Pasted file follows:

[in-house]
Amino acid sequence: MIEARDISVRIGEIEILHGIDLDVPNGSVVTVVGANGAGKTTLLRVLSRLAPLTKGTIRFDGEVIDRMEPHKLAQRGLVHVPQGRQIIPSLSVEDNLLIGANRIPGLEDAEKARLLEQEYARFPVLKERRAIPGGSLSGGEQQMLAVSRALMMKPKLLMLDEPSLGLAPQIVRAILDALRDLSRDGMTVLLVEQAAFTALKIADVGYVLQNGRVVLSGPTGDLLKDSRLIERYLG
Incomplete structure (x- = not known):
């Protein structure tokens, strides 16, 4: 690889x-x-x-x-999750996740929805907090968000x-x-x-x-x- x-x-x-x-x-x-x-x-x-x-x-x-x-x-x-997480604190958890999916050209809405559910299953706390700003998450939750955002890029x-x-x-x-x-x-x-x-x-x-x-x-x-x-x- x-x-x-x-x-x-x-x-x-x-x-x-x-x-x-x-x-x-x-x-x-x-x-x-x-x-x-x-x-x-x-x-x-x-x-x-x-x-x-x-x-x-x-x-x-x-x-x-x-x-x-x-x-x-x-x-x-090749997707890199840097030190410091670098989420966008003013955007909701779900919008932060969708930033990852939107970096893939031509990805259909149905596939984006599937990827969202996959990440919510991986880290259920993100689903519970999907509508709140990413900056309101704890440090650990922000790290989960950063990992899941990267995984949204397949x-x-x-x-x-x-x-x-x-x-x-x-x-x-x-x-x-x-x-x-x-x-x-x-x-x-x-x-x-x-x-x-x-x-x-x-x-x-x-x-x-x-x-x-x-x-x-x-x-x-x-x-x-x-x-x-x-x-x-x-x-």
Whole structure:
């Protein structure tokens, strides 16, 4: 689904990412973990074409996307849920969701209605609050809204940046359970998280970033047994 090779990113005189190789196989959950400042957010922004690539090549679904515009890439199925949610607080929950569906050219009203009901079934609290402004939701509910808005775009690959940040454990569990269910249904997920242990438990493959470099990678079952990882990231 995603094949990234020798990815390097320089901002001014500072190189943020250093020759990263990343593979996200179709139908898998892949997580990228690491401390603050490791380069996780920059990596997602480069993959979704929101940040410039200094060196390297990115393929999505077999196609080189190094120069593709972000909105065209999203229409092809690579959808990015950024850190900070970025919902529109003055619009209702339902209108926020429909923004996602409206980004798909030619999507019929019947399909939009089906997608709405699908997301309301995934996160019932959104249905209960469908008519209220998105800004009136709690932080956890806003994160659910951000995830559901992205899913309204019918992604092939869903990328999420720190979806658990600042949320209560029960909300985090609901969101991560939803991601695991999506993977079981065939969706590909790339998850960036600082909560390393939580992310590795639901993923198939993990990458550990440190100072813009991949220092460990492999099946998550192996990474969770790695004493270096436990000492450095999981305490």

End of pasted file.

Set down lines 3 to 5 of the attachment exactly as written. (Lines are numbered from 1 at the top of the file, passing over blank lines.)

Incomplete structure (x- = not known):
């Protein structure tokens, strides 16, 4: 690889x-x-x-x-999750996740929805907090968000x-x-x-x-x- x-x-x-x-x-x-x-x-x-x-x-x-x-x-x-997480604190958890999916050209809405559910299953706390700003998450939750955002890029x-x-x-x-x-x-x-x-x-x-x-x-x-x-x- x-x-x-x-x-x-x-x-x-x-x-x-x-x-x-x-x-x-x-x-x-x-x-x-x-x-x-x-x-x-x-x-x-x-x-x-x-x-x-x-x-x-x-x-x-x-x-x-x-x-x-x-x-x-x-x-x-090749997707890199840097030190410091670098989420966008003013955007909701779900919008932060969708930033990852939107970096893939031509990805259909149905596939984006599937990827969202996959990440919510991986880290259920993100689903519970999907509508709140990413900056309101704890440090650990922000790290989960950063990992899941990267995984949204397949x-x-x-x-x-x-x-x-x-x-x-x-x-x-x-x-x-x-x-x-x-x-x-x-x-x-x-x-x-x-x-x-x-x-x-x-x-x-x-x-x-x-x-x-x-x-x-x-x-x-x-x-x-x-x-x-x-x-x-x-x-």
Whole structure: